Setting up easy PGP key autodiscovery with Web Key Directory

19th July 2023 from jc's blog

What if you could enter somebody’s email, and if that person had a PGP key, your client would automatically choose it? Web Key Directory (WKD) allows you to set up exactly that.1 This blog post explains how to set it up for the case where you have access to the web server of your email domain.

First off, make sure you have no wildcard DNS entry for all your server’s subdomains. More specifically, if your email address is (even if your mail server is, make sure you don’t have a wildcard DNS entry for * If you do, you need to do a slightly different setup I won’t cover here.

To set it up, first run gpg --list-keys --with-wkd-hash $EMAIL. It should output something like this:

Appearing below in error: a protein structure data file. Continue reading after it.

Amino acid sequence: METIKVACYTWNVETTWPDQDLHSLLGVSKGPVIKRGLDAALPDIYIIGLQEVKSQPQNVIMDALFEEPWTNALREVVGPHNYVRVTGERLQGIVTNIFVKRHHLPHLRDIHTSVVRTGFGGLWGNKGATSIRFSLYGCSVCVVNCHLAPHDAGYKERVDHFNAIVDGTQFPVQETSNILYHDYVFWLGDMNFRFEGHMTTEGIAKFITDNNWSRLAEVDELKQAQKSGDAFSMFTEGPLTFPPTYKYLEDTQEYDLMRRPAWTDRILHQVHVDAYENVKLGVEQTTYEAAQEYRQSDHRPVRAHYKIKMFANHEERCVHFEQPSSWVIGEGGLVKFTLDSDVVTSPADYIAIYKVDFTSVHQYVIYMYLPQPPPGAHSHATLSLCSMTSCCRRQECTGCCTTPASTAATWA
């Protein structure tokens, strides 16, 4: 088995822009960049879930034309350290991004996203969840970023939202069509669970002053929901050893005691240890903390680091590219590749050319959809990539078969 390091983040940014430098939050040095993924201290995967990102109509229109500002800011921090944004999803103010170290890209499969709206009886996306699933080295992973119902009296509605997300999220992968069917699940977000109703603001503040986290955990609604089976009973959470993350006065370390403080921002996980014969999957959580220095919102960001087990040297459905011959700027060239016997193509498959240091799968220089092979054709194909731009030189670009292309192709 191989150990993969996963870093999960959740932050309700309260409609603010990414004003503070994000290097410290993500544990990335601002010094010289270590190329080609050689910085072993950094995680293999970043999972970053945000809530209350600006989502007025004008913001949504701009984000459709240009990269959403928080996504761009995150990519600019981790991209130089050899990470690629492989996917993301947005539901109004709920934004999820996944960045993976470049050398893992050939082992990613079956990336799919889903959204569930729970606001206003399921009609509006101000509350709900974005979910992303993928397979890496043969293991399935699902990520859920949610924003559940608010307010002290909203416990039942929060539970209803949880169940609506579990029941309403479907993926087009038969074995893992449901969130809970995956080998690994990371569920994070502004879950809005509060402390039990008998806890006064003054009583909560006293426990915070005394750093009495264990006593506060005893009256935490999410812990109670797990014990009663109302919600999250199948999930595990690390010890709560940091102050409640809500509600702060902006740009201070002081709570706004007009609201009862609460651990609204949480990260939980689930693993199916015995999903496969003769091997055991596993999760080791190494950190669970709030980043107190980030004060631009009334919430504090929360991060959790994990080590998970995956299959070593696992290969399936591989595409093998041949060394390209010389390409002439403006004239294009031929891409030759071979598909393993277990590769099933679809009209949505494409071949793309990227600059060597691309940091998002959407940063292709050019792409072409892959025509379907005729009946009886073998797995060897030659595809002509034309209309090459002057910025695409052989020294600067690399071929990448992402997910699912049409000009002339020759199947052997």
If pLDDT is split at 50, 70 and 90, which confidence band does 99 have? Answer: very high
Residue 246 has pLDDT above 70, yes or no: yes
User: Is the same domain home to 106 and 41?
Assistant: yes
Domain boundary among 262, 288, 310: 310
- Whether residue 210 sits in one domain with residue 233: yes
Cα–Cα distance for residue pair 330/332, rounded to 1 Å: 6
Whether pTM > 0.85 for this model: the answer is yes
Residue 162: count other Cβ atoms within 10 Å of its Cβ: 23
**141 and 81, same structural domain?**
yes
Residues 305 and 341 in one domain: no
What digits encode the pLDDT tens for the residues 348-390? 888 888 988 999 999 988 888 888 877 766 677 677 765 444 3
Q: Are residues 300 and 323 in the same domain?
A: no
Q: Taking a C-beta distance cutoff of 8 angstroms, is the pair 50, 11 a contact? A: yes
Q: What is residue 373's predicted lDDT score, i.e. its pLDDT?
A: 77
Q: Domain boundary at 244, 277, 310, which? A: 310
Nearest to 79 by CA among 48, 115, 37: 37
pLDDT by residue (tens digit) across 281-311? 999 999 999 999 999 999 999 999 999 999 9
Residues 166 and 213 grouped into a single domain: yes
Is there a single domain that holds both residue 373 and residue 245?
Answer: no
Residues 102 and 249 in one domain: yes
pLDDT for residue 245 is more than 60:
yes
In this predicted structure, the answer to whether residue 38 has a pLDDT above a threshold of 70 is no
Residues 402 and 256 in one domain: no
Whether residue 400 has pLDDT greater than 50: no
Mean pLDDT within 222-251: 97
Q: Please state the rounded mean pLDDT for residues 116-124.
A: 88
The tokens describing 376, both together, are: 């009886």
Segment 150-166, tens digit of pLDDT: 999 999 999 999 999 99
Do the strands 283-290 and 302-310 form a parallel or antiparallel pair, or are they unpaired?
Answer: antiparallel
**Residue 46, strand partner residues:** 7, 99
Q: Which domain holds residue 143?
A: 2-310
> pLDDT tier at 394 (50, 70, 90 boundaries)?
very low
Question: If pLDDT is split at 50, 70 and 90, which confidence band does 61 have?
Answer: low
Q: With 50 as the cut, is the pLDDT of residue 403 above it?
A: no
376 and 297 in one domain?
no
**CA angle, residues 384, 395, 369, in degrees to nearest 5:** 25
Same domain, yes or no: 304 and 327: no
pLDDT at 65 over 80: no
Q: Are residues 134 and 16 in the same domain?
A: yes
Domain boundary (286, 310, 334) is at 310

pub   rsa4096 2018-05-29 [SC]
uid           [ultimate] Johannes Christ <>
sub   rsa4096 2018-05-29 [E]

Note down the output on line 5, specifically the part in front of your @ sign. You will need it in a moment. In your web server root:

Now to test it, use gpg --homedir "$(mktemp -d)" --verbose --locate-keys $EMAIL. It should output something like the following:

gpg: auto-key-locate found fingerprint 8C05D0E98B7914EDEBDCC8CC8E8E09282F2E17AF
gpg: automatically retrieved '' via WKD

See the official documentation for more guidance.

  1. I know that keyservers also fit this bill, but the key difference with WKD is that the key directory is intended to be deployed on the same server hosting the e-mail server in a decentralized manner without relying on a central keyserver. ↩︎

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